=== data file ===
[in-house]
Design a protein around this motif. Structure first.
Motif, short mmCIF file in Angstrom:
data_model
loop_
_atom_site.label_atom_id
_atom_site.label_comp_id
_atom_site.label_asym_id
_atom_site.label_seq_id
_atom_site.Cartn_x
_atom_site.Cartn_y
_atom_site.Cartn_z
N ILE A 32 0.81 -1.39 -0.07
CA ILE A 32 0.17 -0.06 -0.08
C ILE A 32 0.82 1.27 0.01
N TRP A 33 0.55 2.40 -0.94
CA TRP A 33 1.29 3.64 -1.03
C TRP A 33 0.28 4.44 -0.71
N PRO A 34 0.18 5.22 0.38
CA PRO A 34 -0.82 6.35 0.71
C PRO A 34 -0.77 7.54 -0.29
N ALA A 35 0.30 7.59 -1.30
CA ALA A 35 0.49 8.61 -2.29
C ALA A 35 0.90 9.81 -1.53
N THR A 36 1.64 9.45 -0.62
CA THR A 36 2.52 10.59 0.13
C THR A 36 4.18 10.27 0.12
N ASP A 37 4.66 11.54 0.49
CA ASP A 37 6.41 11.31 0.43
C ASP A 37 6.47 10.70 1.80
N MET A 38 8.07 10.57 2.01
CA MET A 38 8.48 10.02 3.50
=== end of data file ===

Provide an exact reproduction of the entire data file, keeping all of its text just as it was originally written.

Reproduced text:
[in-house]
Design a protein around this motif. Structure first.
Motif, short mmCIF file in Angstrom:
data_model
loop_
_atom_site.label_atom_id
_atom_site.label_comp_id
_atom_site.label_asym_id
_atom_site.label_seq_id
_atom_site.Cartn_x
_atom_site.Cartn_y
_atom_site.Cartn_z
N ILE A 32 0.81 -1.39 -0.07
CA ILE A 32 0.17 -0.06 -0.08
C ILE A 32 0.82 1.27 0.01
N TRP A 33 0.55 2.40 -0.94
CA TRP A 33 1.29 3.64 -1.03
C TRP A 33 0.28 4.44 -0.71
N PRO A 34 0.18 5.22 0.38
CA PRO A 34 -0.82 6.35 0.71
C PRO A 34 -0.77 7.54 -0.29
N ALA A 35 0.30 7.59 -1.30
CA ALA A 35 0.49 8.61 -2.29
C ALA A 35 0.90 9.81 -1.53
N THR A 36 1.64 9.45 -0.62
CA THR A 36 2.52 10.59 0.13
C THR A 36 4.18 10.27 0.12
N ASP A 37 4.66 11.54 0.49
CA ASP A 37 6.41 11.31 0.43
C ASP A 37 6.47 10.70 1.80
N MET A 38 8.07 10.57 2.01
CA MET A 38 8.48 10.02 3.50